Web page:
Marked increase in leptospirosis infections in humans and dogs in the Netherlands, 2014

Roan Pijnacker*, M.G. Goris, M.J. te Wierik, E.M. Broens, J.W. van der Giessen, M. de Rosa, J.A. Wagenaar, R.A. Hartskeerl, D.W. Notermans, K. Maassen, B. Schimmer

*Corresponding author for this work

Research output: Contribution to journalArticleAcademicpeer-review

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Abstract

In the Netherlands, 97 human leptospirosis cases were notified in 2014. This represents a 4.6-fold increase in autochthonous cases (n = 60) compared with the annual average between 2010 and 2013. Most cases had symptom onset between June and November. This marked increase in humans coincided with an increase of leptospirosis in dogs. In 2014, 13 dogs with leptospirosis were reported, compared with two to six dogs annually from 2010 to 2013. The majority of the autochthonous cases (n = 20) were linked to recreational exposure, e.g. swimming or fishing, followed by occupational exposure (n = 15). About sixty per cent (n = 37) of the autochthonous cases were most likely attributable to surface water contact, and 13 cases to direct contact with animals, mainly rats. A possible explanation for this increase is the preceding mild winter of 2013–2014 followed by the warmest year in three centuries, possibly enabling rodents and Leptospira spp. to survive better. A slight increase in imported leptospirosis was also observed in Dutch tourists (n = 33) most of whom acquired their infection in Thailand (n = 18). More awareness and early recognition of this mainly rodent-borne zoonosis by medical and veterinary specialists is warranted.

Original languageEnglish
Number of pages7
JournalEurosurveillance
Volume21
Issue number17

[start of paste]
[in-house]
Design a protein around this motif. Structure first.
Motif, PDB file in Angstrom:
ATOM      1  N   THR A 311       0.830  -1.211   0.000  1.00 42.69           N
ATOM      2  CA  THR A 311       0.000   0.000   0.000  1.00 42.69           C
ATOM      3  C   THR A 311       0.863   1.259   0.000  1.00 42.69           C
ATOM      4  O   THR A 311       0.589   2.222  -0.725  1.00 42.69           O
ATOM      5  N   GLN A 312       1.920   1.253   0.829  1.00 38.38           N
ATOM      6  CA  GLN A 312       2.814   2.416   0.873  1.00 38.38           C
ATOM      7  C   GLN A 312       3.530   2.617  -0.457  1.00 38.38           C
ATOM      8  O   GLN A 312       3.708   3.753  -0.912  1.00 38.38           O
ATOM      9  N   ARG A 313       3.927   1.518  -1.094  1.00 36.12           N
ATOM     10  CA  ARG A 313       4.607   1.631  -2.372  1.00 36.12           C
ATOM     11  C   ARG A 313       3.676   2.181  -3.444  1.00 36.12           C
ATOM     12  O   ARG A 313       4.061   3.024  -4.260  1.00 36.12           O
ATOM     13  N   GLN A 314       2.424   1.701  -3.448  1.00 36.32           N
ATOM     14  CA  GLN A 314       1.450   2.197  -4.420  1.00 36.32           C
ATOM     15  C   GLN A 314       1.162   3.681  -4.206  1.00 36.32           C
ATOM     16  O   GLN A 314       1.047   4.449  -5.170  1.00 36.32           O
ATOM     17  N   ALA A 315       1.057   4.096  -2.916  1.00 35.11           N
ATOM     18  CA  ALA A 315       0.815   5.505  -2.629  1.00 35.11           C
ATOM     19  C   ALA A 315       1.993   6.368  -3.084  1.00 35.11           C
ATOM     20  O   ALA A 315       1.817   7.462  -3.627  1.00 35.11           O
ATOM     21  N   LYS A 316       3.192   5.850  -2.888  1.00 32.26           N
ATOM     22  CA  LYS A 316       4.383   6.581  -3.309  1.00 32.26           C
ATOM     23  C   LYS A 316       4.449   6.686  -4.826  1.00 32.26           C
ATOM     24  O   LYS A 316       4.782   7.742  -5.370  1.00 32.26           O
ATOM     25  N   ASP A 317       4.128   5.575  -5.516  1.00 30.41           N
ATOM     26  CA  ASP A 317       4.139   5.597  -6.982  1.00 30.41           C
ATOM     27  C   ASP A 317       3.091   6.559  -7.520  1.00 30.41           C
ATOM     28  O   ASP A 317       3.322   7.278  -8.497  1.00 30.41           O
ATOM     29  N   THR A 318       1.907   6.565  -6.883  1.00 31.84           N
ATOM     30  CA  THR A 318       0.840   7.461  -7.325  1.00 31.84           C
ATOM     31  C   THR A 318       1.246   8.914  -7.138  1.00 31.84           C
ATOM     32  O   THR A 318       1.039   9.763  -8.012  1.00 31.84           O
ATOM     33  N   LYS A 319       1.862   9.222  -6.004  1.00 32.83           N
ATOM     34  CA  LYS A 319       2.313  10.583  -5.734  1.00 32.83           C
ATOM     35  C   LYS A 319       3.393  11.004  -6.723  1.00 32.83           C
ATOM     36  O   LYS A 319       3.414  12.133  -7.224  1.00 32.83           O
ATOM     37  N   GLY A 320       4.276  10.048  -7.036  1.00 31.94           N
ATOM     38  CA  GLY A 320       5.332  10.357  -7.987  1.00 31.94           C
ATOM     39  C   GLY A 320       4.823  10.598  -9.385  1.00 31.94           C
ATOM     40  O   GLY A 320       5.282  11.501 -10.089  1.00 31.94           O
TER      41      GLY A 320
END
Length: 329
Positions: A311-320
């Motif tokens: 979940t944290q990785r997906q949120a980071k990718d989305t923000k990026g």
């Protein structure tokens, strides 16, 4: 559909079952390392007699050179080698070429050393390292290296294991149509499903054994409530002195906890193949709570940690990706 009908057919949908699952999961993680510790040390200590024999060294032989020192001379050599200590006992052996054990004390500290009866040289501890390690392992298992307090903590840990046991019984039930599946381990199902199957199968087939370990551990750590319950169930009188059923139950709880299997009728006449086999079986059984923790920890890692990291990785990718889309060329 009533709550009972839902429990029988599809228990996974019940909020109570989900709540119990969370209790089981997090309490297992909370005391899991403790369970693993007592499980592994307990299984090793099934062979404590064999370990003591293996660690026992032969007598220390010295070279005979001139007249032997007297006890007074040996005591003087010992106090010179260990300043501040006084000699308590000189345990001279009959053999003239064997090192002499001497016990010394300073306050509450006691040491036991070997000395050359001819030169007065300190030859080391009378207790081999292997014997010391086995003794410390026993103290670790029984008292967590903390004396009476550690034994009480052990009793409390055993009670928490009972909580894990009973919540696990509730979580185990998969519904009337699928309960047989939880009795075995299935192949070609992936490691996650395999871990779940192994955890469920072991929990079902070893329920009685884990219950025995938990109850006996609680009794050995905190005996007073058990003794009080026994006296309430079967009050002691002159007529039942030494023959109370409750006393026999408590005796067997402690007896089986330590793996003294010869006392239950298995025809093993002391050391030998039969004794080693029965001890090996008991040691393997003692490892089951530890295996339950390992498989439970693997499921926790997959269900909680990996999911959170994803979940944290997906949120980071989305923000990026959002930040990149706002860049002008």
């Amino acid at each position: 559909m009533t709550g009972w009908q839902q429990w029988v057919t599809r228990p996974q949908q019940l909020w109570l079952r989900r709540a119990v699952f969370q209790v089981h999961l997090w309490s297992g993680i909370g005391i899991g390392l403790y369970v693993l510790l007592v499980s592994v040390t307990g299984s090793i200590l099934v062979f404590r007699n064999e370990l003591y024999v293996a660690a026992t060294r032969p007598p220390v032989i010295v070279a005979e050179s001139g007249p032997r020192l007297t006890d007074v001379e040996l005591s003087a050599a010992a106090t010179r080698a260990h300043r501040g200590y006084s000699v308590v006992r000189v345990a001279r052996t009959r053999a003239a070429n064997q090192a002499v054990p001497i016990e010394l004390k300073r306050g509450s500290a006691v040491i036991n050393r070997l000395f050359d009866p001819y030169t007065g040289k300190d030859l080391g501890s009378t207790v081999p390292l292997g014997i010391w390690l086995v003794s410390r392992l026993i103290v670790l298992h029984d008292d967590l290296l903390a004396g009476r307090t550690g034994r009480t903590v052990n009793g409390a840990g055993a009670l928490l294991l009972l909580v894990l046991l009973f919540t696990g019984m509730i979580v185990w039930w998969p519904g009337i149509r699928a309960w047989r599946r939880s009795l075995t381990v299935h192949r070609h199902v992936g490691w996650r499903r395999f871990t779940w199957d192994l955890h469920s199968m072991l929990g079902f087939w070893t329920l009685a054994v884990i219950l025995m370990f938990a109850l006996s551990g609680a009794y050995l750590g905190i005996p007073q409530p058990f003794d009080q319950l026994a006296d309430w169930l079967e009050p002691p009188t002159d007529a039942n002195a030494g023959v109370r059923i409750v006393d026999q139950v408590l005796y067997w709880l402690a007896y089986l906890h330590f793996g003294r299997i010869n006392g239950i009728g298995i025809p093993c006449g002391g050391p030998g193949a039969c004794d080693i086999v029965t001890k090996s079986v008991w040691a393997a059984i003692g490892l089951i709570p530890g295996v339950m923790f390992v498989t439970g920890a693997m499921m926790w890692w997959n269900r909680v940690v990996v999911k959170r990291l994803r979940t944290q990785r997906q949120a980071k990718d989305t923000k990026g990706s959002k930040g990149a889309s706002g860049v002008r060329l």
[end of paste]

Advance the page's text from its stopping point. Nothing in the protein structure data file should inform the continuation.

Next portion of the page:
DOIs
Publication statusPublished - 2016

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Leptospirosis
Netherlands
Dogs
Infection
Rodentia
Leptospira
Zoonoses
Thailand
Occupational Exposure
Water

Cite this

Pijnacker, Roan ; Goris, M.G. ; te Wierik, M.J. ; Broens, E.M. ; van der Giessen, J.W. ; de Rosa, M. ; Wagenaar, J.A. ; Hartskeerl, R.A. ; Notermans, D.W. ; Maassen, K. ; Schimmer, B. / Marked increase in leptospirosis infections in humans and dogs in the Netherlands, 2014. In: Eurosurveillance. 2016 ; Vol. 21, No. 17.
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abstract = "In the Netherlands, 97 human leptospirosis cases were notified in 2014. This represents a 4.6-fold increase in autochthonous cases (n = 60) compared with the annual average between 2010 and 2013. Most cases had symptom onset between June and November. This marked increase in humans coincided with an increase of leptospirosis in dogs. In 2014, 13 dogs with leptospirosis were reported, compared with two to six dogs annually from 2010 to 2013. The majority of the autochthonous cases (n = 20) were linked to recreational exposure, e.g. swimming or fishing, followed by occupational exposure (n = 15). About sixty per cent (n = 37) of the autochthonous cases were most likely attributable to surface water contact, and 13 cases to direct contact with animals, mainly rats. A possible explanation for this increase is the preceding mild winter of 2013–2014 followed by the warmest year in three centuries, possibly enabling rodents and Leptospira spp. to survive better. A slight increase in imported leptospirosis was also observed in Dutch tourists (n = 33) most of whom acquired their infection in Thailand (n = 18). More awareness and early recognition of this mainly rodent-borne zoonosis by medical and veterinary specialists is warranted.",
author = "Roan Pijnacker and M.G. Goris and {te Wierik}, M.J. and E.M. Broens and {van der Giessen}, J.W. and {de Rosa}, M. and J.A. Wagenaar and R.A. Hartskeerl and D.W. Notermans and K. Maassen and B. Schimmer",